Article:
Fifty years ago the UK faced an energy crisis. War in the Middle East had been followed by a sharp increase in the price of oil, while at home industrial unrest threatened to disrupt the production of coal. There were concerns that a reduced electricity supply would not be enough to keep the country running.
The situation came to a head in November 1973 when the east of the UK suffered a cold spell with numerous night frosts. Southern Scotland and north-west England recorded temperatures of -10C, and Lanarkshire saw a recordbreaking -14.6C. Energy consumption was set to rise sharply.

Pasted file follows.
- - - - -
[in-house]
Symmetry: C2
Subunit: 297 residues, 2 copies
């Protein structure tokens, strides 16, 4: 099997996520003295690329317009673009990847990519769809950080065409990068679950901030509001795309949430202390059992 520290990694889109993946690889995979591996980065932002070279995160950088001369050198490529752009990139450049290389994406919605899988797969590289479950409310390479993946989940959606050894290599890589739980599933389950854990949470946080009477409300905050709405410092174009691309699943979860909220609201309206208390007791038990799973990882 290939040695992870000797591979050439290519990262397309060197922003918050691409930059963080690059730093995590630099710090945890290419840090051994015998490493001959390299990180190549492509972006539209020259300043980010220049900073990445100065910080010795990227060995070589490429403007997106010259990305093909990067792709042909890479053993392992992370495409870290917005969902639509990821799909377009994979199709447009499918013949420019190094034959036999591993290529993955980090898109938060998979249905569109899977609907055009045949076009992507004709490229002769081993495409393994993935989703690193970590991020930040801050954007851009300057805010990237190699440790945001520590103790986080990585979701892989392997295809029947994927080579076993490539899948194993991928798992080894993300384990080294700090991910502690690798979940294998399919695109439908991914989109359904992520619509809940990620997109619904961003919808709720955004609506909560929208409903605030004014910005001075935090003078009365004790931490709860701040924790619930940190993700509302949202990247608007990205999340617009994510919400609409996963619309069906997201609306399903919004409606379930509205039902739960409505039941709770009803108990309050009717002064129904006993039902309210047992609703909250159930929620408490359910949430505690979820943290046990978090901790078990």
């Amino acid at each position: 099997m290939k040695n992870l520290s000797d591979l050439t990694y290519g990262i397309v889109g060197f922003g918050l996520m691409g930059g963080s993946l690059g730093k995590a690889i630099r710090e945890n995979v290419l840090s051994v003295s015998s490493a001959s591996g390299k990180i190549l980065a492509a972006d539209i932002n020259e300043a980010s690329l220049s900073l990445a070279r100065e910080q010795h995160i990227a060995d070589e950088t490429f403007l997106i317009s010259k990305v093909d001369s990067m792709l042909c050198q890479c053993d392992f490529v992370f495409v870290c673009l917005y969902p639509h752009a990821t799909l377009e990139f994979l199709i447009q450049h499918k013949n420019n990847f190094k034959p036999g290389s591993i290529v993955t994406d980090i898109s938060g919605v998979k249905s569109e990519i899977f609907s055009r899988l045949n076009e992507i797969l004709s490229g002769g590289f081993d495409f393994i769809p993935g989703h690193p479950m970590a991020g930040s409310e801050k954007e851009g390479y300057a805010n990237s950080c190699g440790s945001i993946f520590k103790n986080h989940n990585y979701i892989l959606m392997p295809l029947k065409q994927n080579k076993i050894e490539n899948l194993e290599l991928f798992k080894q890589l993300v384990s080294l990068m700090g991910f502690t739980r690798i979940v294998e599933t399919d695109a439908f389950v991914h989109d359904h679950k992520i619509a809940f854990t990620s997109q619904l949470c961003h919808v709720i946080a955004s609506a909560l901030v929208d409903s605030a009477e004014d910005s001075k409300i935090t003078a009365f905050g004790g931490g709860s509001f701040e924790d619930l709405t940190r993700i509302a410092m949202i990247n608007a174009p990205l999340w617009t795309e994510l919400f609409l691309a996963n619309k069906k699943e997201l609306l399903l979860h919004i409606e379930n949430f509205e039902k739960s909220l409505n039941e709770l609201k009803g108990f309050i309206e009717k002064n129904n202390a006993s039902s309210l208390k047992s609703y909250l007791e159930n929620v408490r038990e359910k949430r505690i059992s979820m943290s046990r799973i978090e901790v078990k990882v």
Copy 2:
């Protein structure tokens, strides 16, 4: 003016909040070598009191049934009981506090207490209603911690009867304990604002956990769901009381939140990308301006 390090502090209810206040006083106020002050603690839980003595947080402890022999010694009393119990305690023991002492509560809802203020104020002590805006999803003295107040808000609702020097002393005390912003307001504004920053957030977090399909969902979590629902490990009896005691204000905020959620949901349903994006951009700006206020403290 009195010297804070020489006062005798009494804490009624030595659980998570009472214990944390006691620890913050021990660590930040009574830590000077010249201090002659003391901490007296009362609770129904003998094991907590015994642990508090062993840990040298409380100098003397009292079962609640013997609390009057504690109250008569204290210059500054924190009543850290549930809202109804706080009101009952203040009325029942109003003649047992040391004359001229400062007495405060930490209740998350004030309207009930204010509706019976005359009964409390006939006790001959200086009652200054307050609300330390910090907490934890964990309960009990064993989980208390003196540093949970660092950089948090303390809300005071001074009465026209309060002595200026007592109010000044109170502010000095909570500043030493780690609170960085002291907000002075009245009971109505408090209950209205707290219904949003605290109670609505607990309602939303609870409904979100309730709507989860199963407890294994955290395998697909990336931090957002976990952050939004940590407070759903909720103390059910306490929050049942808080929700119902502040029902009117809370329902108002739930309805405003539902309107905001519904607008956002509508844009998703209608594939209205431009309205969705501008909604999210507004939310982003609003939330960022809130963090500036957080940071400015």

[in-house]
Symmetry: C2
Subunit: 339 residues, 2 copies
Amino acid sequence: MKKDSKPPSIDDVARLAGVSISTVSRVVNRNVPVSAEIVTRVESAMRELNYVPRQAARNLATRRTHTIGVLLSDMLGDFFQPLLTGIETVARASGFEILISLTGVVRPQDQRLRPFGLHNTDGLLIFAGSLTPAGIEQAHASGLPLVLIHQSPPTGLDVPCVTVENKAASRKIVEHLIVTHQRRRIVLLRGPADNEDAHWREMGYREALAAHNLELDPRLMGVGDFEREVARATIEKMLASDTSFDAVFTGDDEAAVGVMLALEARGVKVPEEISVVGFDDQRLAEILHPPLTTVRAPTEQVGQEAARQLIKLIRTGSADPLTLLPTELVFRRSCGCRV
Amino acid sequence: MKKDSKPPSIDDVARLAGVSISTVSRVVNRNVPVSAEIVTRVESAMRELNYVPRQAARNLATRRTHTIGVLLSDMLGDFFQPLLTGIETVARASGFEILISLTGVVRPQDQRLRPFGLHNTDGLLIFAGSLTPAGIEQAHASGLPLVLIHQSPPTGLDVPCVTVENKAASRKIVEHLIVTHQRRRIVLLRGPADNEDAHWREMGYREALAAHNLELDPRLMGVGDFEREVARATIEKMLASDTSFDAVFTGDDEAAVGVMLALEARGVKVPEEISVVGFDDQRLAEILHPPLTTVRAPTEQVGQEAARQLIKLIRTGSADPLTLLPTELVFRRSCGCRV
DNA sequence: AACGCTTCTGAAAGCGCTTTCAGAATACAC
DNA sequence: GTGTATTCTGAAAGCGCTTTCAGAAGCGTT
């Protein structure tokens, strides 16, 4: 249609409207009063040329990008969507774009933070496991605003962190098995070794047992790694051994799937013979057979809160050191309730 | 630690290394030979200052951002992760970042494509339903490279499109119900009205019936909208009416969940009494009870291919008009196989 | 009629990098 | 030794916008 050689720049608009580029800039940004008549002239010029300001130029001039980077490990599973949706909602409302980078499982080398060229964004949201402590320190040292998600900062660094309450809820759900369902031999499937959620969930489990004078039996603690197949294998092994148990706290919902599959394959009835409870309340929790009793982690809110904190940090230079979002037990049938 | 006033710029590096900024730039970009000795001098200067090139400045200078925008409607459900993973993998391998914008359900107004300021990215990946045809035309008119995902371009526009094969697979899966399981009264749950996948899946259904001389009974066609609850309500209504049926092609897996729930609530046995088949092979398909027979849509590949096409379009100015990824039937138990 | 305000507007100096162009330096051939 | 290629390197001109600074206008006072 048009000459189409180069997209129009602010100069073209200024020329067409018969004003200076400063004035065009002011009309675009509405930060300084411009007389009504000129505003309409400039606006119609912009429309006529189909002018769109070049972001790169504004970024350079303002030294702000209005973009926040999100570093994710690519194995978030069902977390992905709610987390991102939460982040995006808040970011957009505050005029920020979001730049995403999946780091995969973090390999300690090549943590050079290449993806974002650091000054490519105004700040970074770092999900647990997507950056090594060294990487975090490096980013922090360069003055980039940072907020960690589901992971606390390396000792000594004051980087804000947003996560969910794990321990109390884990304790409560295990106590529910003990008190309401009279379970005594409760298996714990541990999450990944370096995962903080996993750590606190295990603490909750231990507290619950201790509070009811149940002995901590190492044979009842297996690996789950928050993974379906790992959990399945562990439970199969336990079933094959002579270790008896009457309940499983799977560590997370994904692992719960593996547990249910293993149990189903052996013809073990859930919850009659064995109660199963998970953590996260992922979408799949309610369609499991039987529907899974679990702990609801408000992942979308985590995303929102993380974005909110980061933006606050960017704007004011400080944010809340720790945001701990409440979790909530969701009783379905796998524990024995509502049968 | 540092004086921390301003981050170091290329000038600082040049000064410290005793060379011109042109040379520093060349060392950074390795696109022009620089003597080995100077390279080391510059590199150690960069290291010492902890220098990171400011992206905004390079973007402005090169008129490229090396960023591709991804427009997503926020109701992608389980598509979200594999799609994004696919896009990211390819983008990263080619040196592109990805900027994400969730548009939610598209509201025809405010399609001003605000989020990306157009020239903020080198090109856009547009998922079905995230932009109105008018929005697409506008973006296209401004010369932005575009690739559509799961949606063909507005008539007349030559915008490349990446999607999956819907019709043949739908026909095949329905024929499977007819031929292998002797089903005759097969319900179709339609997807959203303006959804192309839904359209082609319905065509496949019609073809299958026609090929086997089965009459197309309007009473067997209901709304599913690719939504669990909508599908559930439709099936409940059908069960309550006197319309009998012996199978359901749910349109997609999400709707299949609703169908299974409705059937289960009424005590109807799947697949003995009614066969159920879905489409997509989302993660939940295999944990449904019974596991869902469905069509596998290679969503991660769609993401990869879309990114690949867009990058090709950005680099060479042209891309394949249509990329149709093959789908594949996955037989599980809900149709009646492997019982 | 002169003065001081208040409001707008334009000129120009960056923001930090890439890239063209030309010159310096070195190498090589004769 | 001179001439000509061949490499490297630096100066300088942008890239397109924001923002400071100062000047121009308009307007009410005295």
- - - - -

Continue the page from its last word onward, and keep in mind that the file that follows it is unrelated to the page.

The Conservative government invoked emergency powers to restrict electrical heating, banning it in offices, shops and public buildings including libraries, bars and restaurants, forcing many to close. Meanwhile heating in all government offices was restricted to 18C. These measures were more severe than expected.
The situation worsened and later in November the government issued the Fuel and Electricity Control Act, taking over the production and supply of fuel and electricity entirely. This allowed the government to impose a three-day working week, with factories and offices closed down to save energy.
Labour only narrowly won the subsequent election in February 1974. Perhaps a milder winter would have produced a different political outcome.